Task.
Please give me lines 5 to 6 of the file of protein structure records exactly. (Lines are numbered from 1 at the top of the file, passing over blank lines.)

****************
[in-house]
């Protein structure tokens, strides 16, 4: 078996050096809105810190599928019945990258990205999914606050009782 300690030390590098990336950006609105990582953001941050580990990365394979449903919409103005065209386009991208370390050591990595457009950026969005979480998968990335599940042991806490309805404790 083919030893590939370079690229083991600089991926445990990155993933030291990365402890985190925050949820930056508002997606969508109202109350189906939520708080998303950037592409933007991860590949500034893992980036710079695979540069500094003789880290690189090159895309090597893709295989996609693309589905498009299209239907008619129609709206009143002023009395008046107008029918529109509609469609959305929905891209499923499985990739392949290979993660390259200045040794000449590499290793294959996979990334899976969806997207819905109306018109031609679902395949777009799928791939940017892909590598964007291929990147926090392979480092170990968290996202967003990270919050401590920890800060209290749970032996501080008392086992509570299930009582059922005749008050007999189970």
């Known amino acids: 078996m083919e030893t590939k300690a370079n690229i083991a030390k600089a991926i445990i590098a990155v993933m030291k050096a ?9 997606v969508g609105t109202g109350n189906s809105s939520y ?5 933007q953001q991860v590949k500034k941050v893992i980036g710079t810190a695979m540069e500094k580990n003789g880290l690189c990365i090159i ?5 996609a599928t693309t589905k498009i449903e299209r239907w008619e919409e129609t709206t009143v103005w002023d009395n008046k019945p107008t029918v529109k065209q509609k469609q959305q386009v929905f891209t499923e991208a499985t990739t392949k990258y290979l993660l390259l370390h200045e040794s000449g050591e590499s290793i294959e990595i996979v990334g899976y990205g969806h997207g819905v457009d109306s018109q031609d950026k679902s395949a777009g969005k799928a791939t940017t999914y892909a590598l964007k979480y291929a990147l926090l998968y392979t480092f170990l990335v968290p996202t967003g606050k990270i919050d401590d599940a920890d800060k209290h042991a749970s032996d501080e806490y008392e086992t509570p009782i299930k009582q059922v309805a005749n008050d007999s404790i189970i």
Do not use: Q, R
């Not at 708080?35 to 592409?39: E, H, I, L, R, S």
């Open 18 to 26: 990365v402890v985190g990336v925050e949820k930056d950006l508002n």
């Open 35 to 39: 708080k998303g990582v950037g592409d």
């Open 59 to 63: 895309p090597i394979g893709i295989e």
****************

């Not at 708080?35 to 592409?39: E, H, I, L, R, S």
């Open 18 to 26: 990365v402890v985190g990336v925050e949820k930056d950006l508002n």